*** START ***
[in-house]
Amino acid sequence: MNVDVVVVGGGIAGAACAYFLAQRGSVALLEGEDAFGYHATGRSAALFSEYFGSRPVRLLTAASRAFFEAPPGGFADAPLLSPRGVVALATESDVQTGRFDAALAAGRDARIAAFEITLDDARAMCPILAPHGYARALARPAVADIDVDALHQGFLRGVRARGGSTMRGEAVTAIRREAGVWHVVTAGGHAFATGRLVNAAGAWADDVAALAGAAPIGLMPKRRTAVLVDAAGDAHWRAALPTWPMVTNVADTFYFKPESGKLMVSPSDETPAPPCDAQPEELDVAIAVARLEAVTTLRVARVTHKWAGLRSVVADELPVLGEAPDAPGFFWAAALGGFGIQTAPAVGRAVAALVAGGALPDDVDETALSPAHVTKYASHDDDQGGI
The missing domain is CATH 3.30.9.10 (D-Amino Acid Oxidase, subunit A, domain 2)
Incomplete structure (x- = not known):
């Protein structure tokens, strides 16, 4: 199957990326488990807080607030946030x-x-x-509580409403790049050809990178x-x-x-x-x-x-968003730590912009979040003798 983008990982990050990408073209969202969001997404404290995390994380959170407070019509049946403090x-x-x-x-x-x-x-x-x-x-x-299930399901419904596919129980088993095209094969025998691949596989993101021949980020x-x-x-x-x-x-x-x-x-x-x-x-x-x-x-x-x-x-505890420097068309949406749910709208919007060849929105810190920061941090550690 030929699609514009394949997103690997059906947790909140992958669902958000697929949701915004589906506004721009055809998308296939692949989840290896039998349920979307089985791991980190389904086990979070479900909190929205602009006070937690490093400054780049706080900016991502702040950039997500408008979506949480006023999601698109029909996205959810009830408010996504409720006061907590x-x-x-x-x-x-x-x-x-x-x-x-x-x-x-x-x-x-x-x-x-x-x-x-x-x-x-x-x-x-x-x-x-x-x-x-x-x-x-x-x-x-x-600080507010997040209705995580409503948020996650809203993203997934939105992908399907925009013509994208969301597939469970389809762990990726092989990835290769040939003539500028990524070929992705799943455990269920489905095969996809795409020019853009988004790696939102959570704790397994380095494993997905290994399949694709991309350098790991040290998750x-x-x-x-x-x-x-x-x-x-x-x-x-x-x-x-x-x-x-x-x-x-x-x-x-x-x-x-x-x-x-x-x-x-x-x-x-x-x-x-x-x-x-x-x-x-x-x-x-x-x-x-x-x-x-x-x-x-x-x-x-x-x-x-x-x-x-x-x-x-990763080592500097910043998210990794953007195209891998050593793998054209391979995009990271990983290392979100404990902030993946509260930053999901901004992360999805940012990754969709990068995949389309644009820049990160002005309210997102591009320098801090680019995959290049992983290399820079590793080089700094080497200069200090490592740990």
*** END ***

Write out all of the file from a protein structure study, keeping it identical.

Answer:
[in-house]
Amino acid sequence: MNVDVVVVGGGIAGAACAYFLAQRGSVALLEGEDAFGYHATGRSAALFSEYFGSRPVRLLTAASRAFFEAPPGGFADAPLLSPRGVVALATESDVQTGRFDAALAAGRDARIAAFEITLDDARAMCPILAPHGYARALARPAVADIDVDALHQGFLRGVRARGGSTMRGEAVTAIRREAGVWHVVTAGGHAFATGRLVNAAGAWADDVAALAGAAPIGLMPKRRTAVLVDAAGDAHWRAALPTWPMVTNVADTFYFKPESGKLMVSPSDETPAPPCDAQPEELDVAIAVARLEAVTTLRVARVTHKWAGLRSVVADELPVLGEAPDAPGFFWAAALGGFGIQTAPAVGRAVAALVAGGALPDDVDETALSPAHVTKYASHDDDQGGI
The missing domain is CATH 3.30.9.10 (D-Amino Acid Oxidase, subunit A, domain 2)
Incomplete structure (x- = not known):
């Protein structure tokens, strides 16, 4: 199957990326488990807080607030946030x-x-x-509580409403790049050809990178x-x-x-x-x-x-968003730590912009979040003798 983008990982990050990408073209969202969001997404404290995390994380959170407070019509049946403090x-x-x-x-x-x-x-x-x-x-x-299930399901419904596919129980088993095209094969025998691949596989993101021949980020x-x-x-x-x-x-x-x-x-x-x-x-x-x-x-x-x-x-505890420097068309949406749910709208919007060849929105810190920061941090550690 030929699609514009394949997103690997059906947790909140992958669902958000697929949701915004589906506004721009055809998308296939692949989840290896039998349920979307089985791991980190389904086990979070479900909190929205602009006070937690490093400054780049706080900016991502702040950039997500408008979506949480006023999601698109029909996205959810009830408010996504409720006061907590x-x-x-x-x-x-x-x-x-x-x-x-x-x-x-x-x-x-x-x-x-x-x-x-x-x-x-x-x-x-x-x-x-x-x-x-x-x-x-x-x-x-x-600080507010997040209705995580409503948020996650809203993203997934939105992908399907925009013509994208969301597939469970389809762990990726092989990835290769040939003539500028990524070929992705799943455990269920489905095969996809795409020019853009988004790696939102959570704790397994380095494993997905290994399949694709991309350098790991040290998750x-x-x-x-x-x-x-x-x-x-x-x-x-x-x-x-x-x-x-x-x-x-x-x-x-x-x-x-x-x-x-x-x-x-x-x-x-x-x-x-x-x-x-x-x-x-x-x-x-x-x-x-x-x-x-x-x-x-x-x-x-x-x-x-x-x-x-x-x-x-990763080592500097910043998210990794953007195209891998050593793998054209391979995009990271990983290392979100404990902030993946509260930053999901901004992360999805940012990754969709990068995949389309644009820049990160002005309210997102591009320098801090680019995959290049992983290399820079590793080089700094080497200069200090490592740990």